planning) there are no SDOs. Active participation by DARPA in SDOs should
target key organizations that have established a beachhead in a technology
area DARPA feels is mission-critical and in which DARPA is investing research
dollars. In fact, DARPA researchers in such overlap areas are not exercising
due diligence if they are not aware of, and keeping up with, industry standards
in their areas; and in cases where their research can establish or improve
a standard, their not actively participating is a missed opportunity to
transfer technology to a broad open forum where their work is likely to
have significant influence and important visibility.
Standards often take time so DARPA participation should be viewed as
a long term commitment. On the other hand, the relevance of standards groups
can change over time and DARPA should continually assess if participation
is providing value back.
DARPA participation in industry SDOs should be viewed as one of several
technology transition vehicles, where circumstances dictate the right one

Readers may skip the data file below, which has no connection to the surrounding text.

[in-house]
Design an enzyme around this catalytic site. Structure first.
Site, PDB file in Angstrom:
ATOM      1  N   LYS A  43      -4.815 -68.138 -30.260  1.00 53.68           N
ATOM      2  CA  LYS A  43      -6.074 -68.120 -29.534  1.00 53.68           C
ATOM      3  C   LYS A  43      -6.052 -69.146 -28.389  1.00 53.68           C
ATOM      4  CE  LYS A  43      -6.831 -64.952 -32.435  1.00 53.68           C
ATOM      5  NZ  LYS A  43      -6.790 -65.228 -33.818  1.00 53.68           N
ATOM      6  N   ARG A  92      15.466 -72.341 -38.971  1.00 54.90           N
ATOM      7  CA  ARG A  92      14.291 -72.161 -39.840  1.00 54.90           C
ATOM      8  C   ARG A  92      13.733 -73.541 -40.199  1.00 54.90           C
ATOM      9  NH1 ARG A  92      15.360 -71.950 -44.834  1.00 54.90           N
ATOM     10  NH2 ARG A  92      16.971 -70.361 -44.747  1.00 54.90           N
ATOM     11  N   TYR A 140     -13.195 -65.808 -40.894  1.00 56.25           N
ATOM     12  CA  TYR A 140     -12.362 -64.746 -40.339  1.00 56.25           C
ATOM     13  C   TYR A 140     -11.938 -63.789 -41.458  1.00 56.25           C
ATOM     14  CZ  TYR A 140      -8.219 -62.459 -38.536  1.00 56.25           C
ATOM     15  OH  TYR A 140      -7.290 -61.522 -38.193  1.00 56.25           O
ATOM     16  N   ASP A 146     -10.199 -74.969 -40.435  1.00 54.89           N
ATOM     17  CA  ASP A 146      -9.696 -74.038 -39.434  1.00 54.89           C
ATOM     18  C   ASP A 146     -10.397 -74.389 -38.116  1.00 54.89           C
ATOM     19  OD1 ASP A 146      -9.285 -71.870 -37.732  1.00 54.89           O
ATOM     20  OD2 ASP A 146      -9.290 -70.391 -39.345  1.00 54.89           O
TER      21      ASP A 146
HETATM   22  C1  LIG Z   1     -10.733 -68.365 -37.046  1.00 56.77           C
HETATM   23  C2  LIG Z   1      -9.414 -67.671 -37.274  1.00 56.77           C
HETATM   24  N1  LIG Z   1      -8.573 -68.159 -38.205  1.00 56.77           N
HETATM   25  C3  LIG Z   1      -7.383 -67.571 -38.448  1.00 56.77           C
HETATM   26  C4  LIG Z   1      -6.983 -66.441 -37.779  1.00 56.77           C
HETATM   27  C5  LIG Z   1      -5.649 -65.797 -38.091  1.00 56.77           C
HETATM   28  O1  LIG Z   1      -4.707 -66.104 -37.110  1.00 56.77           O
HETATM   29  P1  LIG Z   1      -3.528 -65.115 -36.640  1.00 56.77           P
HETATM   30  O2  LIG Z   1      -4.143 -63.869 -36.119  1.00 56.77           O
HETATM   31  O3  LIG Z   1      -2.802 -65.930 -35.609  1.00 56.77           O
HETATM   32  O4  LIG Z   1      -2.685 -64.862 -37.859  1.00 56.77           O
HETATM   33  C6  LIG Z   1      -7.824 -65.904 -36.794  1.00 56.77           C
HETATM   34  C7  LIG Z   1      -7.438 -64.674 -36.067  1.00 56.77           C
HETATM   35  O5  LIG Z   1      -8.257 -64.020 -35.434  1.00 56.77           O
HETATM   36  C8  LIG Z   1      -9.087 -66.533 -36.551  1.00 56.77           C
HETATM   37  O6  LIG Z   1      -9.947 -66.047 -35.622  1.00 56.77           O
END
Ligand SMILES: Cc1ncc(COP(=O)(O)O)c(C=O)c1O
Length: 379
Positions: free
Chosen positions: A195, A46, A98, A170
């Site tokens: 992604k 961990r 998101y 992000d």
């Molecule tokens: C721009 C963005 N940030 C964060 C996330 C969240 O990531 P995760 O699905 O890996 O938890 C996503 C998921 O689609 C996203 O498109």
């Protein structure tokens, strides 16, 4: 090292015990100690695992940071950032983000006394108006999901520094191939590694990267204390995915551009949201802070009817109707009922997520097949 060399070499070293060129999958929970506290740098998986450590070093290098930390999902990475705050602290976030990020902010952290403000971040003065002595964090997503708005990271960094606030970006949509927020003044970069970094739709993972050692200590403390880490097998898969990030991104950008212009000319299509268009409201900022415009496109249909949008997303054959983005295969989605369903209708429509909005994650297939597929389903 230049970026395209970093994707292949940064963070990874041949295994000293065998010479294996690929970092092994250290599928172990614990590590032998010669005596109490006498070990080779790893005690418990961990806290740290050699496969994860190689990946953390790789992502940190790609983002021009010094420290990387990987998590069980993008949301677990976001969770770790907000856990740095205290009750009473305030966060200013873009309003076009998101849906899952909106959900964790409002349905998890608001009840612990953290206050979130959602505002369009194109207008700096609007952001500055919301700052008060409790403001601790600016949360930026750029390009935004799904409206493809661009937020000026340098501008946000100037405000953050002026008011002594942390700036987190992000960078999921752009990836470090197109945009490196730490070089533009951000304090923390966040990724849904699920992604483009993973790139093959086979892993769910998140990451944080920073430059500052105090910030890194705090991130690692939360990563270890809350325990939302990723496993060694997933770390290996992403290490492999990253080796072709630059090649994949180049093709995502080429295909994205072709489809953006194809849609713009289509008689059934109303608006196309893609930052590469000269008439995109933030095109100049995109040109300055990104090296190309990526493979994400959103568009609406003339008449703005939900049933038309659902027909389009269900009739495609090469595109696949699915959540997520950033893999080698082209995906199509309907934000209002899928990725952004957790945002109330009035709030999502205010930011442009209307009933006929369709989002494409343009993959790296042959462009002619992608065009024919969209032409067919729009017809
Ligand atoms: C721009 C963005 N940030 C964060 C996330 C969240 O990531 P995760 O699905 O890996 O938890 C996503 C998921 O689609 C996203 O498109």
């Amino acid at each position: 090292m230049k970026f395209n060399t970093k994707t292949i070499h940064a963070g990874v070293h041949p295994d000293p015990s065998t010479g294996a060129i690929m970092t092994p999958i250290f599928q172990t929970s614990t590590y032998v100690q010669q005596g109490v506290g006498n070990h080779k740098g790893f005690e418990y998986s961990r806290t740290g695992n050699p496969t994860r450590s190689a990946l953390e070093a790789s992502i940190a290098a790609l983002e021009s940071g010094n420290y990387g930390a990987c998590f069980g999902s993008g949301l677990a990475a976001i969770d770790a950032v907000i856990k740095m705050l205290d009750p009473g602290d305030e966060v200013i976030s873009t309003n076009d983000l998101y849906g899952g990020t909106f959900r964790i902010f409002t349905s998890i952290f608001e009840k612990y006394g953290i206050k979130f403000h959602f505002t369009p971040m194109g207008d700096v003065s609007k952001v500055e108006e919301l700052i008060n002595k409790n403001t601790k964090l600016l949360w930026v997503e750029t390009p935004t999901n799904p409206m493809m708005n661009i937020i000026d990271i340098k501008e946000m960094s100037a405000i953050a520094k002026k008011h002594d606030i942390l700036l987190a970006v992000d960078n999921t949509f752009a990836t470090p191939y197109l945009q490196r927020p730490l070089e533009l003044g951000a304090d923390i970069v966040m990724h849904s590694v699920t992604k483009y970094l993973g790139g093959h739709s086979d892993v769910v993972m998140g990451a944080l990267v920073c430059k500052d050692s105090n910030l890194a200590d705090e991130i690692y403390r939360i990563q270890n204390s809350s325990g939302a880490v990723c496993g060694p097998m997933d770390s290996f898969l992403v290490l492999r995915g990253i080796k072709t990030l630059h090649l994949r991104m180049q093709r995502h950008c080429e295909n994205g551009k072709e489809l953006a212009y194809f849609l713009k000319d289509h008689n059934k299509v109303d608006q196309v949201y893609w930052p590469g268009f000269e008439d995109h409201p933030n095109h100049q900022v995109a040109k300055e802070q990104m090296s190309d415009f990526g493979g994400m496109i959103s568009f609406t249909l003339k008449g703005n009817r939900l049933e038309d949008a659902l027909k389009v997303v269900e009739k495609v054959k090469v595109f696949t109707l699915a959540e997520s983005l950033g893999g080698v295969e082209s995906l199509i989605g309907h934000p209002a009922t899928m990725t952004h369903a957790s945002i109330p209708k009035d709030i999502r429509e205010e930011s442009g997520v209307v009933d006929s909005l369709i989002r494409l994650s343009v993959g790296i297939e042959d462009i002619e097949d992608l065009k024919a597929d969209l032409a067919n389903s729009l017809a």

to choose for the most effective result. To make an impact in influencing
SDOs, DARPA will need to focus at three levels:
Focus is important because, while any level of participation can reap important
benefits, DARPA will obtain maximum value from standards participation
if it has its own agenda, so that it can push distinct DoD requirements,
priorities, and goals that would not otherwise be addressed, or addressed
in the same timeframe. Failure to actively engage with SDOs when the opportunity
is there is at best a missed opportunity. At worst, it means DARPA technology
might diverge from industry directions instead of leading the charge.
DARPA vision and roadmap. The DoD vision is Joint Vision 2010. The
DARPA mission is to insure this vision by providing the needed technology.